Hedge fund investing has always been something of a paradox: potentially powerful diversification benefits, but at the price of illiquidity, egregious fees, opacity, embarrassing blow ups and often insurmountable minimums. Since the early days of the business, there have been six waves of products designed to preserve the benefits while addressing the drawbacks.
Broadly speaking, these efforts have focused on four issues: diversification, investor access, liquidity and fees. With hedge funds, diversification connotes spreading bets across strategies and managers to reduce volatility, minimize blow ups and limit unexpected drawdowns. Access seeks to address high minimums and expand the pool of potential investors. Liquidity and fees have risen to the fore with institutionalization, regulatory pressure and lower overall hedge fund returns.
Today, these products typically are grouped into the broad category of “liquid alternatives.” Hundreds of billions of dollars have flowed into hundreds of products, reflecting the dire need of allocators for client-friendly solutions in regulated vehicles like UCITS funds. Regrettably, few have achieved the objectives noted above. In many cases, aggressive and unrealistic marketing, followed by disappointing results, left allocators disillusioned and frustrated. The predictable result is an industry-wide crisis of confidence. Despite this, there are a few isolated successes. Arguably, the most successful approach has been the simplest, yet also the most controversial as it challenged both the orthodoxies and business models of many professional hedge fund investors. This note chronicles the six waves to provide historical context for today’s allocators and a road map for creating an opportunity to improve client outcomes going forward.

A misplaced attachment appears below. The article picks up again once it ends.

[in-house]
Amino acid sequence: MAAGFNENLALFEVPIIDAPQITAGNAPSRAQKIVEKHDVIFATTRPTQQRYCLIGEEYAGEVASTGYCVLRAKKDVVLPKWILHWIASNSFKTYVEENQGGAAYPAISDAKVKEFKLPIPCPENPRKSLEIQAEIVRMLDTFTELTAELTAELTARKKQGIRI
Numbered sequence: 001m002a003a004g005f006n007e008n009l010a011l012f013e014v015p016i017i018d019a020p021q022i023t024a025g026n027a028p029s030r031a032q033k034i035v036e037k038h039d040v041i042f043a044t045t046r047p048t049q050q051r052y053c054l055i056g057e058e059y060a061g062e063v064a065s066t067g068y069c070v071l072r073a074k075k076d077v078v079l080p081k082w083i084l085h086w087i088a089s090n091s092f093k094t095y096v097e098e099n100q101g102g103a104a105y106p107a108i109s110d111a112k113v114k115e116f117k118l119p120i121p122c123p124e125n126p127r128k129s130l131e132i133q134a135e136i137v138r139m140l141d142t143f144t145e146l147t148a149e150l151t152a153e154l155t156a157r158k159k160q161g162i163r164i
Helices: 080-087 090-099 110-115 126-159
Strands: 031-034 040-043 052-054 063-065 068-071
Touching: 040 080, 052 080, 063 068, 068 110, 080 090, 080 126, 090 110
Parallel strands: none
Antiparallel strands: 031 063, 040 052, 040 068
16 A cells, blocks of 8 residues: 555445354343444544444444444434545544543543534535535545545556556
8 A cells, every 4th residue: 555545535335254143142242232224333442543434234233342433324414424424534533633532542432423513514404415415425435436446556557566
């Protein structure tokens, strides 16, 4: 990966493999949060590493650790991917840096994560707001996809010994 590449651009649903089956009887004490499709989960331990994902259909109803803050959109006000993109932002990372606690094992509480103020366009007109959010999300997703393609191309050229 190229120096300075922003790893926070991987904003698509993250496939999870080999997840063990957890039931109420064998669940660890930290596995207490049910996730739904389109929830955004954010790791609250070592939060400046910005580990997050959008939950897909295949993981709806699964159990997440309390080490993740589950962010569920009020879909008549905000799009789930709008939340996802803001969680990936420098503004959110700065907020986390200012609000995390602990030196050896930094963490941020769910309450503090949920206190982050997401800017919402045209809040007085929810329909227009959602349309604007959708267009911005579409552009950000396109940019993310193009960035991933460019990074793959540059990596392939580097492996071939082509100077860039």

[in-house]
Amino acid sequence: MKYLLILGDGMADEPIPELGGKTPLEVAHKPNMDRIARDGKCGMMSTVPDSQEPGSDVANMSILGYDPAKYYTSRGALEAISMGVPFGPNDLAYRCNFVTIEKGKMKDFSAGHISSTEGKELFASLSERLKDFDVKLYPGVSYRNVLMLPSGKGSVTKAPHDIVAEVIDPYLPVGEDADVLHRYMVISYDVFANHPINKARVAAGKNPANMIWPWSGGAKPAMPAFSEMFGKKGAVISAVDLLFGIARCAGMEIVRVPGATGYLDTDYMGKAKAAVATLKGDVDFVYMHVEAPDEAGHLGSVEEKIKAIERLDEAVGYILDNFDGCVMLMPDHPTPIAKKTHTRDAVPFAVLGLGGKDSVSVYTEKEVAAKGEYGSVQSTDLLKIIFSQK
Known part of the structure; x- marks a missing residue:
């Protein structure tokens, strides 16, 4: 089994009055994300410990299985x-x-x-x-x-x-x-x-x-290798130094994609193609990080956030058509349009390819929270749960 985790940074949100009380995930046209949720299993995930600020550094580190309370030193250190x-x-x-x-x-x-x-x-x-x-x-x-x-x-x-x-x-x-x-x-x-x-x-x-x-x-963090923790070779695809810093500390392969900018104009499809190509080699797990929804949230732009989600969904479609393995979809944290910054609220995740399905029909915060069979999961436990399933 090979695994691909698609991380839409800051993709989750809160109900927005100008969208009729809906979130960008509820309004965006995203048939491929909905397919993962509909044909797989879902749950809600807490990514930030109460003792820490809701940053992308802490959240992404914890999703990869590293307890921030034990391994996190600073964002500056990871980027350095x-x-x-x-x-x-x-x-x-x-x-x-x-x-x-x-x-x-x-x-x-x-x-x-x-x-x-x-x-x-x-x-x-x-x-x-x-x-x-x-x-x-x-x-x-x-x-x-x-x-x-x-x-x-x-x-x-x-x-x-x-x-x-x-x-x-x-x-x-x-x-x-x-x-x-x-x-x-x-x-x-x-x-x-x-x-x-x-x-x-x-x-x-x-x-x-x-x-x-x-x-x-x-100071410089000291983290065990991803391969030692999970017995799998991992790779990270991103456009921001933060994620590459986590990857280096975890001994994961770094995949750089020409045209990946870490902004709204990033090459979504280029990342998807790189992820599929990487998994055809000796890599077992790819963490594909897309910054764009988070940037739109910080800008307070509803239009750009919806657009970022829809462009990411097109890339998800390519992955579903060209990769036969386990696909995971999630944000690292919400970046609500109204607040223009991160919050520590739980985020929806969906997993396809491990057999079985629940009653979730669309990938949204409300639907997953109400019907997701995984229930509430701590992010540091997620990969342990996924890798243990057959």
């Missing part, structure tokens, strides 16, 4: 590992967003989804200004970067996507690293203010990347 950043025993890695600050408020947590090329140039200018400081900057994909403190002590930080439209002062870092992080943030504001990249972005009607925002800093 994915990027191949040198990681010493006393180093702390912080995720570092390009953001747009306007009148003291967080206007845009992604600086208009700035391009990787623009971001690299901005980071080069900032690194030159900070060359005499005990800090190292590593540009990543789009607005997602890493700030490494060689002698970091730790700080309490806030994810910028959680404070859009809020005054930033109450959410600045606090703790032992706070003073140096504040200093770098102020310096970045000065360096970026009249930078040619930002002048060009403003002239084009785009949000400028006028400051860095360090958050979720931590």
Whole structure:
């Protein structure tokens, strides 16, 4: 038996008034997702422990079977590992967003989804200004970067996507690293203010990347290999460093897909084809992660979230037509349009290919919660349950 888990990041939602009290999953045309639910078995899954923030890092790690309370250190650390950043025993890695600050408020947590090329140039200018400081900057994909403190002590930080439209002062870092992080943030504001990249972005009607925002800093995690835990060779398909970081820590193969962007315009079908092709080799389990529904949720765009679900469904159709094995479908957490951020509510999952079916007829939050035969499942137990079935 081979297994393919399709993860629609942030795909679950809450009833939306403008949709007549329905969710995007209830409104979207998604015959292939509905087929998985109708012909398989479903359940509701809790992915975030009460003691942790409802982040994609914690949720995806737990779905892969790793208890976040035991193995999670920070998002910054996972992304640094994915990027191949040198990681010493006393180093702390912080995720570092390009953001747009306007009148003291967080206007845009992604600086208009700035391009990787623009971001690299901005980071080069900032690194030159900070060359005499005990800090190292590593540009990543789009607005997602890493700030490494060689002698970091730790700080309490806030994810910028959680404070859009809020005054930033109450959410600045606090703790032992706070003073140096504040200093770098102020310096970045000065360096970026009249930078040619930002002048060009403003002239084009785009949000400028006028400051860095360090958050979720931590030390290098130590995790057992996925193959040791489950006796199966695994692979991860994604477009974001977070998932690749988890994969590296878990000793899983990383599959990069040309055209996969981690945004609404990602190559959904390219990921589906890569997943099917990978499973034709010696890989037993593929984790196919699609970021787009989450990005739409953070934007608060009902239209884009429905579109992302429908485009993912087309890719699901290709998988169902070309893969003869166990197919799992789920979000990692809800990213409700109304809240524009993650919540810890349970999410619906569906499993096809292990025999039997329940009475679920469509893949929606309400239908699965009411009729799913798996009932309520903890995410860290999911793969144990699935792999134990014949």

- Wave 1: Funds of Hedge Funds
- Wave 2: Investable Hedge Fund Indices
- Wave 3: Hedge Fund Replication (v1)
- Wave 4: Multi-Manager Mutual and UCITS Funds
- Wave 5: Global Multi-Asset Class Funds
- Wave 6: Alternative Risk Premia
Fund of hedge funds might seem like a strange starting point: they are, after all, illiquid hedge funds that themselves invest in other hedge funds. In the 1990s, hedge funds were a new, esoteric phenomenon and few family offices had the network or resources to identify and evaluate them; further, most high net worth investors had insufficient capital to invest directly in a dozen or more funds. Consequently, funds of funds were created to address diversification and (to a degree) access, albeit at a steep price: most charged both management and incentive fees above and beyond the high fees charged by the hedge funds themselves.
In the 2000s, as databases of hedge funds proliferated and prime brokers connected hedge funds with investors, access became less valuable. Diversification, however, remained important in the wake of high-profile blow ups like Long Term Capital. Consequently, most funds of funds sought to deliver “index-like” returns by investing in 40-50 managers.[i] Product proliferation soon led to competition on liquidity terms: most funds offered monthly liquidity even though hedge funds themselves were lengthening redemption periods.[ii] Some bank-sponsored funds sought to amplify returns with leverage.